How to Clean a Car Radiator

by Meg Jernigan

Automotive radiators can become fouled with rust and calcium deposits after just a few years of operation. Left unchecked, this can result in reduced cooling efficiency, engine overheating and damage to the radiator and other cooling system components. Periodic flushing will keep your cooling system in prime condition and your engine running at the proper operating temperature.

How to Clean a Car Radiator

Make sure the engine is cool. Drain the radiator by removing the cap and opening the pretcock or drain plug at the base of the radiator. Close the drain plug, refill the radiator with water and run the engine until the thermostat opens and water circulates through the engine block.

Let the engine cool and repeat the draining procedure. Close the petcock and refill the radiator with water.

Select a cooling system cleaner or flush that is safe for your engine and radiator. Newer systems contain aluminum components that may be damaged by some cleaners. If you're not sure, consult your dealer.

Pour the cleaner into the radiator and run the engine with the heater on. Follow the manufacturer's recommendations on how long to keep the flush in your engine.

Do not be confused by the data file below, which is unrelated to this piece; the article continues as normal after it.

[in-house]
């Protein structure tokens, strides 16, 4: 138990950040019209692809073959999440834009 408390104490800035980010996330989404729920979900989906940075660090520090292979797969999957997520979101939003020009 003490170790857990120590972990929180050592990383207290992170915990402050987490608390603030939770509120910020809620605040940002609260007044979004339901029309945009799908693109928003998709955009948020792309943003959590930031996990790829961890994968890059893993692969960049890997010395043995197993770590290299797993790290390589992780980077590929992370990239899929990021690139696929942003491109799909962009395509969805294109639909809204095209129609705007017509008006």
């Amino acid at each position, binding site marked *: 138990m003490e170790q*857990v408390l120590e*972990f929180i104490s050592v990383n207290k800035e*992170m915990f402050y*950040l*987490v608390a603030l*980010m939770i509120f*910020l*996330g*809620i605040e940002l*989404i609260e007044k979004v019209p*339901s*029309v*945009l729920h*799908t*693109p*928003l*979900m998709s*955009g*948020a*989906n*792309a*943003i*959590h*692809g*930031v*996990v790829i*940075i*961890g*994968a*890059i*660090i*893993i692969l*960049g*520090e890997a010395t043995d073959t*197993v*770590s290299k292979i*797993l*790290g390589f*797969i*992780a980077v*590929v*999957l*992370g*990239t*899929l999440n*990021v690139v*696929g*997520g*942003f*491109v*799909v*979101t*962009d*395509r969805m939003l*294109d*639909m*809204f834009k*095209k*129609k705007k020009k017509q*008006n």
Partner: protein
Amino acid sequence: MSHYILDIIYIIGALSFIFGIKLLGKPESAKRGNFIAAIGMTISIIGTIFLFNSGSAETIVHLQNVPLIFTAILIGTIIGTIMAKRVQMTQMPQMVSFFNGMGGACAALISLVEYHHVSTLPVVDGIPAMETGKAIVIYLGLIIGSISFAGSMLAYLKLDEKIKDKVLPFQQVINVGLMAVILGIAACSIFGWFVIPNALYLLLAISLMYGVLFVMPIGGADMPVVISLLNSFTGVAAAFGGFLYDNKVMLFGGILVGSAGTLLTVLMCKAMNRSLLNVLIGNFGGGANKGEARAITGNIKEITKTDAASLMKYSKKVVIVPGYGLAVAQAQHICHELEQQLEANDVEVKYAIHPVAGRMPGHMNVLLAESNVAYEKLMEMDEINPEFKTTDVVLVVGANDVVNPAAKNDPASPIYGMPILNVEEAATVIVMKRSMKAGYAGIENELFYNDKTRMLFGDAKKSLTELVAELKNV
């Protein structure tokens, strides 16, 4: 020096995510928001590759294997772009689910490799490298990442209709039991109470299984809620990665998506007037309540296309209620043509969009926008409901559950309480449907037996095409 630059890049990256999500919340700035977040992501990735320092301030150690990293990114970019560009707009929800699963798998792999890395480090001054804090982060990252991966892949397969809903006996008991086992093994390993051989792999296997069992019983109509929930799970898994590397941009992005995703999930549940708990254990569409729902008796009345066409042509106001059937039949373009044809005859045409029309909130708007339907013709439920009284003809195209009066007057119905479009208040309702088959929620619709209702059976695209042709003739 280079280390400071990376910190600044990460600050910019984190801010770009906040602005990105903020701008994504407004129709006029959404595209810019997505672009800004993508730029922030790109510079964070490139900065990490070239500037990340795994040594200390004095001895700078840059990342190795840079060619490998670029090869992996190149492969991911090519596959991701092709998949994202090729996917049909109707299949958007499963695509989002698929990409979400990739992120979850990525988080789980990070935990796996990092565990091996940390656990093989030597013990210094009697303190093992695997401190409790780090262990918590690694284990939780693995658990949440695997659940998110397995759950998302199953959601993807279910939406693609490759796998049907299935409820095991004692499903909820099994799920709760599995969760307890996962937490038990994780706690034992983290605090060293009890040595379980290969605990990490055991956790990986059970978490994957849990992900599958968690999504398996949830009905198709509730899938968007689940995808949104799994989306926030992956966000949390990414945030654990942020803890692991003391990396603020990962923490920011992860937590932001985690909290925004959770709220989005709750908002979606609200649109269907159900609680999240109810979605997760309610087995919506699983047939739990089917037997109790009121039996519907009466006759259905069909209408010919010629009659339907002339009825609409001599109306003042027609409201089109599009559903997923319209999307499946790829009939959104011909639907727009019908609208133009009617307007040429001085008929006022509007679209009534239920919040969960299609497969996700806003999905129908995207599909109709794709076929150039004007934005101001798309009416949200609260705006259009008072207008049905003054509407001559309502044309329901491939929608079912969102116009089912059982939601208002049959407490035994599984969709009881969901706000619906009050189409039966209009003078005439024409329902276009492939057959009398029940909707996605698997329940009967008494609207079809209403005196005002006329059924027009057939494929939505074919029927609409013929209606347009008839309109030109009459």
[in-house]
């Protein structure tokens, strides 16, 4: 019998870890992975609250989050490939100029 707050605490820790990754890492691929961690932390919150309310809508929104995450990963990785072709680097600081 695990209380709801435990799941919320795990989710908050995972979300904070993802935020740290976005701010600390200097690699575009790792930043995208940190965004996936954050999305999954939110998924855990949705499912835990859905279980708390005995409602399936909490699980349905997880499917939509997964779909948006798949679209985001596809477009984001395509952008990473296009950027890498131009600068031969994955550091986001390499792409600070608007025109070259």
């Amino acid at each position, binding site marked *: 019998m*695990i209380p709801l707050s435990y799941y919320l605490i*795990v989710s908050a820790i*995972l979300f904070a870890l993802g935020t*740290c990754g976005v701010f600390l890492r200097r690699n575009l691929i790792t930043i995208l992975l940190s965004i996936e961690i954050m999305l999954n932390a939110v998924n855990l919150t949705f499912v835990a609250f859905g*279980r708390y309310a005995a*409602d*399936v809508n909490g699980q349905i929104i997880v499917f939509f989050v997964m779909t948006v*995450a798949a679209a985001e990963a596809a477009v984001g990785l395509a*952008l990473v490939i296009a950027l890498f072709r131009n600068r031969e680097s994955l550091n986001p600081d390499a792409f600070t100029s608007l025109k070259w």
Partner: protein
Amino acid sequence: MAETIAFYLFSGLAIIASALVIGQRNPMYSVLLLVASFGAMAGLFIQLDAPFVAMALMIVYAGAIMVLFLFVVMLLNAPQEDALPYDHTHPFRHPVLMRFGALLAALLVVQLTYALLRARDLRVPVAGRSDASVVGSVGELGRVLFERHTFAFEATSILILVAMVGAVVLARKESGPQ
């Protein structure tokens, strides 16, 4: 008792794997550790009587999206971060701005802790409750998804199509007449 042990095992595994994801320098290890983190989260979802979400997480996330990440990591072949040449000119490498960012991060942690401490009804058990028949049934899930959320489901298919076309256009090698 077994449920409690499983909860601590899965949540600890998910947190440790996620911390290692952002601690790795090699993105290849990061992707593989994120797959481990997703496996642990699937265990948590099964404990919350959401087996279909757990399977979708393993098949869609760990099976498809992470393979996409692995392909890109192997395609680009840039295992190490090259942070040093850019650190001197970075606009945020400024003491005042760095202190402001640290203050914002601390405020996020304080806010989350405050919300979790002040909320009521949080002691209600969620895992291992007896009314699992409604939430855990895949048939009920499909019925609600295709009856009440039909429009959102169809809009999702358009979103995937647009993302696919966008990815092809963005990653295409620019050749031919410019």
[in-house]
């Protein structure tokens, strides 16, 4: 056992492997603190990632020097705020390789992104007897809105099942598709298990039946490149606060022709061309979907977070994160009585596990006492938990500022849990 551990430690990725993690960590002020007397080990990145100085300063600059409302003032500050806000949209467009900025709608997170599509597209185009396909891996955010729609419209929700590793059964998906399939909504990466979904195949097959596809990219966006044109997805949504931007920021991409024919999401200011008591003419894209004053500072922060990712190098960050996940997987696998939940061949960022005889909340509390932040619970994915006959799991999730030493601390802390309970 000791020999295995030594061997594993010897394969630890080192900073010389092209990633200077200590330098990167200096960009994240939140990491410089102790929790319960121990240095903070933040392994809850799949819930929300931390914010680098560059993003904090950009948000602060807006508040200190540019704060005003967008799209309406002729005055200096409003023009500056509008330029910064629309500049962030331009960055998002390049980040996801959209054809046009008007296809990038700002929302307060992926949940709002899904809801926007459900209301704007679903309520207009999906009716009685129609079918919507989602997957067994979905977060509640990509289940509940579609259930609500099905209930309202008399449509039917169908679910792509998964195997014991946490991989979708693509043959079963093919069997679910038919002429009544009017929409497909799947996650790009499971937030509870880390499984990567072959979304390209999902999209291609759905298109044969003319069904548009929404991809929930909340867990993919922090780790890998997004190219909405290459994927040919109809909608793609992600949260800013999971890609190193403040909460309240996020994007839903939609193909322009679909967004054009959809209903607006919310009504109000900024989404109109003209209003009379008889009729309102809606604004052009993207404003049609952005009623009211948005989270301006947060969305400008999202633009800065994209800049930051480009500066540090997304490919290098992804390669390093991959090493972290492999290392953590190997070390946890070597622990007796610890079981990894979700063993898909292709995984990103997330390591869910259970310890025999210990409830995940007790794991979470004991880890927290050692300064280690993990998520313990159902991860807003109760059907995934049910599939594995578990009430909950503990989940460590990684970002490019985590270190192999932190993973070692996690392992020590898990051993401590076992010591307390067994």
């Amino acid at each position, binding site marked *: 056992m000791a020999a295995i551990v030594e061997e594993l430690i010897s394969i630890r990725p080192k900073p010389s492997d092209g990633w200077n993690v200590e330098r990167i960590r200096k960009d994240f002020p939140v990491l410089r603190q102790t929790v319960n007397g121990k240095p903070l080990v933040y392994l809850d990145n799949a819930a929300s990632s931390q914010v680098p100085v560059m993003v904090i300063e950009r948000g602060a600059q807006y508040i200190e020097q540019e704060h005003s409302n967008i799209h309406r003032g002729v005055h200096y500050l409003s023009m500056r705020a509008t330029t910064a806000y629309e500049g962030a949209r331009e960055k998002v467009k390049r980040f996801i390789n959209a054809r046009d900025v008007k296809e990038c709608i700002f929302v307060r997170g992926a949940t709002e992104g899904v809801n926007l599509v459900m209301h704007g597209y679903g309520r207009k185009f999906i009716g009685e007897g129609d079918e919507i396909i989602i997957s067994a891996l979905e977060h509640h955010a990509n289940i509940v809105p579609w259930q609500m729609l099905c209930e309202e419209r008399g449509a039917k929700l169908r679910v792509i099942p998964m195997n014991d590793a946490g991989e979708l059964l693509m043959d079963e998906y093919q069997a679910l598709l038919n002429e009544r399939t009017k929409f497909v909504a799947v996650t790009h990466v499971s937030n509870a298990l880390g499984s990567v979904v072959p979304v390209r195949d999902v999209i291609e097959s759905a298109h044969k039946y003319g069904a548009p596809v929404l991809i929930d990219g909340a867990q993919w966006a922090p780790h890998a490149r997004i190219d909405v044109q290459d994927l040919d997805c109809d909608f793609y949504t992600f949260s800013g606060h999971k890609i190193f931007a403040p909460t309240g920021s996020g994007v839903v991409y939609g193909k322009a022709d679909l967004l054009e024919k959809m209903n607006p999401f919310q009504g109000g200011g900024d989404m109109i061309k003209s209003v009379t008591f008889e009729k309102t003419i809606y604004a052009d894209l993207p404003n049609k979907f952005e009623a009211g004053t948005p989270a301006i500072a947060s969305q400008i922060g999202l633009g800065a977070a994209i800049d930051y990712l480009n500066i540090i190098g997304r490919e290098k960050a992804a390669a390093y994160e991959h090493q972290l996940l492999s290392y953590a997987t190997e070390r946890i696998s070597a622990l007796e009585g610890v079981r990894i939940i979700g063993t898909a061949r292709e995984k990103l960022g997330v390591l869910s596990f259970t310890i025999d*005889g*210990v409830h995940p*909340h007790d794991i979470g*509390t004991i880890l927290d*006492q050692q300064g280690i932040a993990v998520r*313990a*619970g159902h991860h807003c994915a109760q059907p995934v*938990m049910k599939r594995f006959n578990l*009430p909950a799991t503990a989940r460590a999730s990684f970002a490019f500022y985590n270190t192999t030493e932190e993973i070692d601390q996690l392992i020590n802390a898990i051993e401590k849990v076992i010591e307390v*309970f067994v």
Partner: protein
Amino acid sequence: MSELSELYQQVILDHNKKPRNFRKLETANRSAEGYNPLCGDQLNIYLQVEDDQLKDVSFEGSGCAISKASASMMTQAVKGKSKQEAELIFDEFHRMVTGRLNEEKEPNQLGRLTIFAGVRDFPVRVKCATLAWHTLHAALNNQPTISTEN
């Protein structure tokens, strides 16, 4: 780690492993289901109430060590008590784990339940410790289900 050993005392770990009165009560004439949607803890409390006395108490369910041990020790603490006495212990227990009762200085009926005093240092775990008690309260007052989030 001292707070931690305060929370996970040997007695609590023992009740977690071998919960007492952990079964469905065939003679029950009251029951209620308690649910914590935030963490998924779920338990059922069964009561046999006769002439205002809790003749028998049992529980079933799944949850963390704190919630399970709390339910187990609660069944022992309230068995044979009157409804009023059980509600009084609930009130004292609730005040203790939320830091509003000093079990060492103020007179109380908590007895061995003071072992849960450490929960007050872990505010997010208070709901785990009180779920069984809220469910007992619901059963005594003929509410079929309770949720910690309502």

Drain and refill the cooling system with demineralized or distilled water. Run the engine, let it cool and repeat the process at least once to ensure that all the cleaning solution has drained from the engine.

Select the antifreeze type that is recommended by your automaker. Add enough antifreeze to the radiator to achieve a 50 to 70 percent concentration. If your cooling system holds 10 liters, add 5 to 7 liters of antifreeze.

Finish filling the radiator with demineralized or distilled water. Run the engine, let it cool and top off the radiator and coolant reservoir with antifreeze.

Tip

  • check These steps are general guidelines. Follow the manufacturer's recommendations when using radiator flushes. Acid-based cooling system cleaners are best at removing lime and calcium deposits. Clean the outside of the radiator with compressed air or high-pressure water. Straighten radiator fins with a fin comb. Tap water contains calcium and other minerals, which contribute to rust and lime deposits. Use distilled or demineralized water when servicing your radiator.

Warning

  • close Never remove the radiator cap or open the drain cock when the engine is hot. Radiator flushes may contain caustic chemicals. Wear eye protection and gloves. Antifreeze is toxic to animals. Collect it in a container and dispose of it where animals can't reach it.

Items you will need

About the Author

Meg Jernigan has been writing for more than 30 years. She specializes in travel, cooking and interior decorating. Her offline credits include copy editing full-length books and creating marketing copy for nonprofit organizations. Jernigan attended George Washington University, majoring in speech and drama.